In summary, Pakistan is a much more potent market for early-stage entrepreneurs for e-commerce. We choose to work in global markets for a bigger scale although it comes with much larger set of challenges.

Chinese Are Eating The World

Everyone knows it. You may have already read other variants of this article. A different angle through a different lens. May be in terms of One Belt One Road initiative. But I’m only interested in how they are doing that in tech, and most specifically in the e-commerce industry.

When we first got into dropshipping, there were nearly no Chinese in the industry. They were mostly just suppliers of the goods. Dropshipping in essence began with AliExpress. Chinese would just host products there and fulfil on behalf of other dropshippers.

In the following year, Chinese learnt that they are being duped. For every $5 they get in gross sales, the dropshipper gets $20 in gross sales. The first change we saw happen was the prices went up at least 100% on AliExpress. They needed an equal share in the dropshipping business.

By following year, many new dropshipping stores popped up that have now become some of the largest in the world. Chinese didn’t just want to fulfil orders, they mastered the business end to end. From advertising and sales to fulfilment. They replaced most dropshippers.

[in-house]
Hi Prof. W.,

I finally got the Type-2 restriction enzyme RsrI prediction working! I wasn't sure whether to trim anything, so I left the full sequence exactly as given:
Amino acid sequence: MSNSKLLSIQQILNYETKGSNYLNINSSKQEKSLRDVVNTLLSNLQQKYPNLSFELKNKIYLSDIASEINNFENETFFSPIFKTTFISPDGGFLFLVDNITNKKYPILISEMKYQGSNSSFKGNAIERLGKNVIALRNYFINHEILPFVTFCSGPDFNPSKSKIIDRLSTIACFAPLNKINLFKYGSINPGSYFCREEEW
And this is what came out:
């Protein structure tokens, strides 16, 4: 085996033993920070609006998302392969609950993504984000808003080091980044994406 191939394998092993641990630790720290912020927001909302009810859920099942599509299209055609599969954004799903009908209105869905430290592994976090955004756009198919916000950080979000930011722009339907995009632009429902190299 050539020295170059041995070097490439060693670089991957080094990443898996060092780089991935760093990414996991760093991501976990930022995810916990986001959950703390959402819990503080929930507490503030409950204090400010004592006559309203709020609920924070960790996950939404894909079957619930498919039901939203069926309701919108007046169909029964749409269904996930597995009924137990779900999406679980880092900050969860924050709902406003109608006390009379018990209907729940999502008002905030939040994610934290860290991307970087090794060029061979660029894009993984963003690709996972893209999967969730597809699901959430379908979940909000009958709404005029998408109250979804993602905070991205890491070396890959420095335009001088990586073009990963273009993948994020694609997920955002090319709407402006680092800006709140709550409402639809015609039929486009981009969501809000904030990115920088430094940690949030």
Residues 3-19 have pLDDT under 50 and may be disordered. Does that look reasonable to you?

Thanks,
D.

A similar trend can be seen on Amazon FBA as well where most new and top sellers are based out of China.

The Indian Comparison

My co-founder cross-questions a lot and assumes very little. Every time he is having a discussion with a Pakistani startup founder, he likes to compare the situation with a similar and often better startup in India.

The reason is that between the two markets, there are many similarities, and India is often slightly ahead in almost all markets. For example, in e-commerce the primary mode of payment in India is also COD just like in Pakistan. The advertising rates in India are just as low as the advertising rates in Pakistan. COD stays as the primary mode of payment despite that there are many payment gateways available and the credit card penetration is much higher.